Timescale.ut1([year, month, day, hour, …]) Build a Time from a UT1 Universal Time Calendar date.
Timescale.ut1_jd(jd) Build a Time from a UT1 Universal Time Julian date.
Timescale.from_astropy(t) Build a Skyfield Time from an AstroPy time object.

Time objects

The Time class is Skyfield’s way of representing either a single time, or a whole array of times. The same time can be represented in several different time scales.

t.tai International Atomic Time (TAI) as a Julian date. Terrestrial Time (TT) as a Julian date.
t.J Terrestrial Time (TT) as floating point Julian years.
t.tdb Barycentric Dynamical Time (TDB) as a Julian date.
t.ut1 Universal Time (UT1) as a Julian date.

A couple of offsets between time scales are also available.

t.delta_t Difference TT − UT1 in seconds.
t.dut1 Difference UT1 − UTC in seconds.

Other time scales and conversions are available through its methods.

Time.utc_jpl() Convert to a string like A.D.2014-Jan-18 01:35:37.5000 UT..
Time.utc_iso([delimiter, places]) Convert to an ISO 8601 string like 2014-01-18T01:35:38Z in UTC.
Time.utc_strftime([format]) Format the UTC time using a Python datetime formatting string.
Time.utc_datetime() Convert to a Python datetime in UTC.
Time.utc_datetime_and_leap_second() Convert to a Python datetime in UTC, plus a leap second value.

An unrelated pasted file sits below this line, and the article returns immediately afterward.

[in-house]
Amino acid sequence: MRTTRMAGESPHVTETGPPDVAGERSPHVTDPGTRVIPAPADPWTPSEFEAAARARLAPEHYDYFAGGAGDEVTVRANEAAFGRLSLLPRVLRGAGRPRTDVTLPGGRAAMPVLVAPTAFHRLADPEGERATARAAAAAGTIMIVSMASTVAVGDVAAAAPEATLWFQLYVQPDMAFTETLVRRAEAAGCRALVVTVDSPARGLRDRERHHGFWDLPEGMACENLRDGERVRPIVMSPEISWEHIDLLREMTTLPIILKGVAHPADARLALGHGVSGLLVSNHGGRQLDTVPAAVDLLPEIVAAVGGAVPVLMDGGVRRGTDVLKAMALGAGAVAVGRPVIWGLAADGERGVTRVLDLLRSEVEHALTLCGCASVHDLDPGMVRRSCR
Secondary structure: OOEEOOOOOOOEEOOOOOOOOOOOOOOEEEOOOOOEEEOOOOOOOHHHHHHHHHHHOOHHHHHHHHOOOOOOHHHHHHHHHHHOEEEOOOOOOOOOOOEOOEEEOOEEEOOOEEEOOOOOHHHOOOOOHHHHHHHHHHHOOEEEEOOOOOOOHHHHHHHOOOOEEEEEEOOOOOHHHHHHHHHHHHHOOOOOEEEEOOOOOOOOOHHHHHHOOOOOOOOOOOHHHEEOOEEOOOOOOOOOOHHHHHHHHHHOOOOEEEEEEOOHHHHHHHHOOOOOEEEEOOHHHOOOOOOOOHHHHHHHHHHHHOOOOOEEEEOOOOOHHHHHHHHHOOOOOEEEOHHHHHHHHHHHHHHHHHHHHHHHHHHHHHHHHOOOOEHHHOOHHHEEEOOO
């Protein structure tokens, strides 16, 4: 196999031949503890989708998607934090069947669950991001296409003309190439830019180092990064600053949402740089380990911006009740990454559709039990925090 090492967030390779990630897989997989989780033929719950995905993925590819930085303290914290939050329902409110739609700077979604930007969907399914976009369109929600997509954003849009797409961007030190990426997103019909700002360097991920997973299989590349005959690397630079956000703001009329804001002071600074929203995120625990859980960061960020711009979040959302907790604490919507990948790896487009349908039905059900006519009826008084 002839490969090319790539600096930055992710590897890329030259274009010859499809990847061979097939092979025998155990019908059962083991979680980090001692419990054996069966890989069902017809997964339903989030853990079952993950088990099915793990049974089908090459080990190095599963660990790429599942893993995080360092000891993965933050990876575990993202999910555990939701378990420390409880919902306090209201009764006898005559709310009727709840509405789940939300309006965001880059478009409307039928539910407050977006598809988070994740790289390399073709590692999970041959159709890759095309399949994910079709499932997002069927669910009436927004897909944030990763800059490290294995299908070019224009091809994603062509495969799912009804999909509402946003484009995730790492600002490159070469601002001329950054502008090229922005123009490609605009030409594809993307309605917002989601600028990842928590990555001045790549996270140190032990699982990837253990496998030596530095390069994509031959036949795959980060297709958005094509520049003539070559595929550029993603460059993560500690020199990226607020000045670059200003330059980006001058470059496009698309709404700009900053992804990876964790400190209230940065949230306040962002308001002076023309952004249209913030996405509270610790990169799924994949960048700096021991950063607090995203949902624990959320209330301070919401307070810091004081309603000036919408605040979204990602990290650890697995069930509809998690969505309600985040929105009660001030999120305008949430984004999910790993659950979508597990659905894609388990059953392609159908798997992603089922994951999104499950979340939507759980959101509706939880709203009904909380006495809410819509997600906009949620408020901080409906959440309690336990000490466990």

Time.astimezone(tz) Convert to a Python datetime in a particular timezone tz.
Time.astimezone_and_leap_second(tz) Convert to a Python datetime and leap second in a timezone.
Time.toordinal() Return the proleptic Gregorian ordinal of the UTC date.
Time.tai_calendar() TAI as a (year, month, day, hour, minute, second) Calendar date.
Time.tt_calendar() TT as a (year, month, day, hour, minute, second) Calendar date.
Time.tdb_calendar() TDB as a (year, month, day, hour, minute, second) Calendar date.
Time.ut1_calendar() UT1 as a (year, month, day, hour, minute, second) Calendar date.
Time.tai_strftime([format]) Format TAI with a datetime strftime() format string.
Time.tt_strftime([format]) Format TT with a datetime strftime() format string.
Time.tdb_strftime([format]) Format TDB with a datetime strftime() format string.
Time.ut1_strftime([format]) Format UT1 with a datetime strftime() format string.